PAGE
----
I recently tried for a new job – maybe one that would pay me enough so that I could cut out some other tangental “on call” things, those jobs that I have to give my assumed availability to before they may or may not schedule me. I had an excellent and long phone interview, where I maybe talked too much. “Are you sure you don’t feel over-qualified for this position?” she asked. I wanted to say that I couldn’t possibly be over-qualified for ten dollars and hour with benefits, but instead, I said something like “Not at all – I’d be able to settle into a more stable position rather than have nine jobs at once.” Needless to say, she felt differently, and told me in an e-mail later that she wished a higher position was open so I could be hired there. There’s another in-between: too qualified for a job with health insurance, but just qualified enough for 9 jobs that may or may not pay me stipends.
And once again I question my life in the gaps. Some times it feels like everything, and some times it feels like nothing at all. No one knows how to help you structure your life when you’ve planted yourself so firmly outside of the structure. “Freelance teaching artist” might be a good word for what I do, and I once printed myself some business cards … but I couldn’t decide which of my names to put on them, let alone what kind of job title I wanted to give myself. I wound up printing “Gracie Lee”, which is my middle name, not a name I go by often enough for people to recognize it. I wrote something like “actor, director, teaching artist” on there, because I wasn’t sure who I’d be handing these cards to. Maybe I should walk around with a bag of different business cards, like how I have to separate my professional life into about 4 different resumes?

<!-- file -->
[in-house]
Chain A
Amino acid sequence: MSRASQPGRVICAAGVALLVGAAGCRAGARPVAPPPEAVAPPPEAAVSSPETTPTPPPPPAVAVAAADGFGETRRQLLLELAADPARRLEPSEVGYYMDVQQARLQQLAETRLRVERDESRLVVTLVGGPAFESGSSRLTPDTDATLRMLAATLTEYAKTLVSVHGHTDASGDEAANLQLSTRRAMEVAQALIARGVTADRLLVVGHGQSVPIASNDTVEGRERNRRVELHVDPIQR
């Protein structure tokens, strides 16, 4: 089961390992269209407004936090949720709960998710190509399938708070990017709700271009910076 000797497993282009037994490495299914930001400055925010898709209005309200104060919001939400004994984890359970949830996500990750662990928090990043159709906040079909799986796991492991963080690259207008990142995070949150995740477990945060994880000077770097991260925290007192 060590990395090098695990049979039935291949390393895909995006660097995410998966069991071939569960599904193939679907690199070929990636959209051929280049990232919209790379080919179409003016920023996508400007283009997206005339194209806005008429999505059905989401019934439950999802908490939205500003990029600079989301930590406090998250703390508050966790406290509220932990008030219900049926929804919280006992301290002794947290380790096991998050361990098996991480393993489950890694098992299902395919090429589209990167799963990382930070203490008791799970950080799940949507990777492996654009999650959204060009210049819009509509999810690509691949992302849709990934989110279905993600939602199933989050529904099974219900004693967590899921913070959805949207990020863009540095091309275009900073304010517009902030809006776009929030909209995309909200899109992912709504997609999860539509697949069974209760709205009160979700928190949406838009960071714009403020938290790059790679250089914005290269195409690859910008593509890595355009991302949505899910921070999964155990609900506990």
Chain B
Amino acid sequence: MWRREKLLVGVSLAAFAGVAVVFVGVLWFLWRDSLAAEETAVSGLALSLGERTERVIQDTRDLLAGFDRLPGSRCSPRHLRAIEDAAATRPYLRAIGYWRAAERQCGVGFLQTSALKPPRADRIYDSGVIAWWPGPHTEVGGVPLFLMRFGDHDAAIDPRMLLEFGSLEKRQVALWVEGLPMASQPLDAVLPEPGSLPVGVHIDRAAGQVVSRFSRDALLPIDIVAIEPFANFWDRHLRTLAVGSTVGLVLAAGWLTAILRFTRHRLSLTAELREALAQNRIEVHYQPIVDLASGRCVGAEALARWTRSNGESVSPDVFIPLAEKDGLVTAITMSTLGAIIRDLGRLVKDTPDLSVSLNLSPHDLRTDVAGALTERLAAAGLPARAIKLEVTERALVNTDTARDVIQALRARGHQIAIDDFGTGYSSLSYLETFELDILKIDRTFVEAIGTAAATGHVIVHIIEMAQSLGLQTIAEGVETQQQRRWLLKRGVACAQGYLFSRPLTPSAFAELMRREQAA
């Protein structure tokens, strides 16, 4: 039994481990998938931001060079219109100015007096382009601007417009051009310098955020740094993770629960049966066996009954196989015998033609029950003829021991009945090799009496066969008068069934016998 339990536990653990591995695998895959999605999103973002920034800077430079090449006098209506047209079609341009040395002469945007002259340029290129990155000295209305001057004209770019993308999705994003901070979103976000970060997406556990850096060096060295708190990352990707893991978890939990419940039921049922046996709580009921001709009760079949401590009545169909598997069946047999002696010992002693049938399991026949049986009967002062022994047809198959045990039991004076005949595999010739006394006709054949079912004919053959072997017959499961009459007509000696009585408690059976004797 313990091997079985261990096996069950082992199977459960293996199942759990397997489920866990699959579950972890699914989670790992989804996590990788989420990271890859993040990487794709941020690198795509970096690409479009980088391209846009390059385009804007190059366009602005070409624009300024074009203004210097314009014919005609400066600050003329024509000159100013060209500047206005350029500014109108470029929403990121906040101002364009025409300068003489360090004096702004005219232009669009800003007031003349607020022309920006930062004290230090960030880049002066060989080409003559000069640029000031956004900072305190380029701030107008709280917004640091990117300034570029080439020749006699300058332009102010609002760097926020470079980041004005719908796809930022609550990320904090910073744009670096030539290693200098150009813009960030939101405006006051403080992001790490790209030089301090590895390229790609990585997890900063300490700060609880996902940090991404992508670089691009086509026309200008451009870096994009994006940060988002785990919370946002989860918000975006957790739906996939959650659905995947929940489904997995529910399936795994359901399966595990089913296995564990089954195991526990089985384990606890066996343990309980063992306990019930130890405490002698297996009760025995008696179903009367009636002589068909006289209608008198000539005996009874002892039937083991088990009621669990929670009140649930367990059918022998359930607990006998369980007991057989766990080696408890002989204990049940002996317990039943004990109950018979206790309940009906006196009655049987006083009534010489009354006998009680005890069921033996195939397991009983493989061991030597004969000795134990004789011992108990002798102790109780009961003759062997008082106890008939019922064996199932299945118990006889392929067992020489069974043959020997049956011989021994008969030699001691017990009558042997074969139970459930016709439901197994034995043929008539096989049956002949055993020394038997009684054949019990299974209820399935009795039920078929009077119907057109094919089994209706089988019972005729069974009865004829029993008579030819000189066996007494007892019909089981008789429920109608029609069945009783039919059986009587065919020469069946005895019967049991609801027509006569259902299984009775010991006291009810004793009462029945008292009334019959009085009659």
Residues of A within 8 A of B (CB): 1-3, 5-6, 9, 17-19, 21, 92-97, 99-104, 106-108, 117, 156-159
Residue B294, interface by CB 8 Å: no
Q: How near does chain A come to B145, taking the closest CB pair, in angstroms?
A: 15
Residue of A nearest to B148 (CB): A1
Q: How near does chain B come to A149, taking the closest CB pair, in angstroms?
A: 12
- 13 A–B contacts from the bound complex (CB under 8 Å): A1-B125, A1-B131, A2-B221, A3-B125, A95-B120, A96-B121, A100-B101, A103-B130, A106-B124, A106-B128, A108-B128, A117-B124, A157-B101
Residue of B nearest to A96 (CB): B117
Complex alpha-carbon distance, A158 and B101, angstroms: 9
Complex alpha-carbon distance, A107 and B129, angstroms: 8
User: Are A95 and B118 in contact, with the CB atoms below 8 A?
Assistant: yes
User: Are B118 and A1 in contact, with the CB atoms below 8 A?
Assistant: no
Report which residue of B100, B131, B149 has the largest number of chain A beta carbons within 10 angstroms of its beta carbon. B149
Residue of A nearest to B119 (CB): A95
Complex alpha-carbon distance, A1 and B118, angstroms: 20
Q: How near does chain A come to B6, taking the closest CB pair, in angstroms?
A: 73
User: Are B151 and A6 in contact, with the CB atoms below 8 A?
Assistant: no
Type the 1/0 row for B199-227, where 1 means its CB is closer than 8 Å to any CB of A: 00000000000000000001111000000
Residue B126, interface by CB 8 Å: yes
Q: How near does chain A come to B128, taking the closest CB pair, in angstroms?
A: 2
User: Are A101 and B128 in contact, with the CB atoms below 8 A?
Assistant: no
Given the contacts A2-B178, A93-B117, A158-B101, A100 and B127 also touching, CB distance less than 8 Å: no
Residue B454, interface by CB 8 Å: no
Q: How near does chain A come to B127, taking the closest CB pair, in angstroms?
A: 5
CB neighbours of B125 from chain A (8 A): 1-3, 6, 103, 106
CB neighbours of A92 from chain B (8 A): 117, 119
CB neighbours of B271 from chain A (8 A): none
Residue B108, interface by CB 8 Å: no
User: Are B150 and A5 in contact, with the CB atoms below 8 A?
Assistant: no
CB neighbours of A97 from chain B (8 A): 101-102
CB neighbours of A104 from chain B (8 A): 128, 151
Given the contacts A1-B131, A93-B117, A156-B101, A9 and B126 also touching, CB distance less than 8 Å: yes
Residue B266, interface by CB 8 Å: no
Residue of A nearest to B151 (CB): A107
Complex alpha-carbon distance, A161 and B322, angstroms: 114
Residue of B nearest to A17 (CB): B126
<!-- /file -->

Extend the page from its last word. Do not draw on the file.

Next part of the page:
Am I a chrysalis waiting to be born as a butterfly, but too afraid to chose a color? Too terrified that I won’t be a good enough beauty to share? Choosing stagnancy over picking a path that I might regret later?
Do I pick something and bust out in the best way I know how, chips fall where they may, or do I just repeatedly expect the world to accept me as the little in-between creature that I am?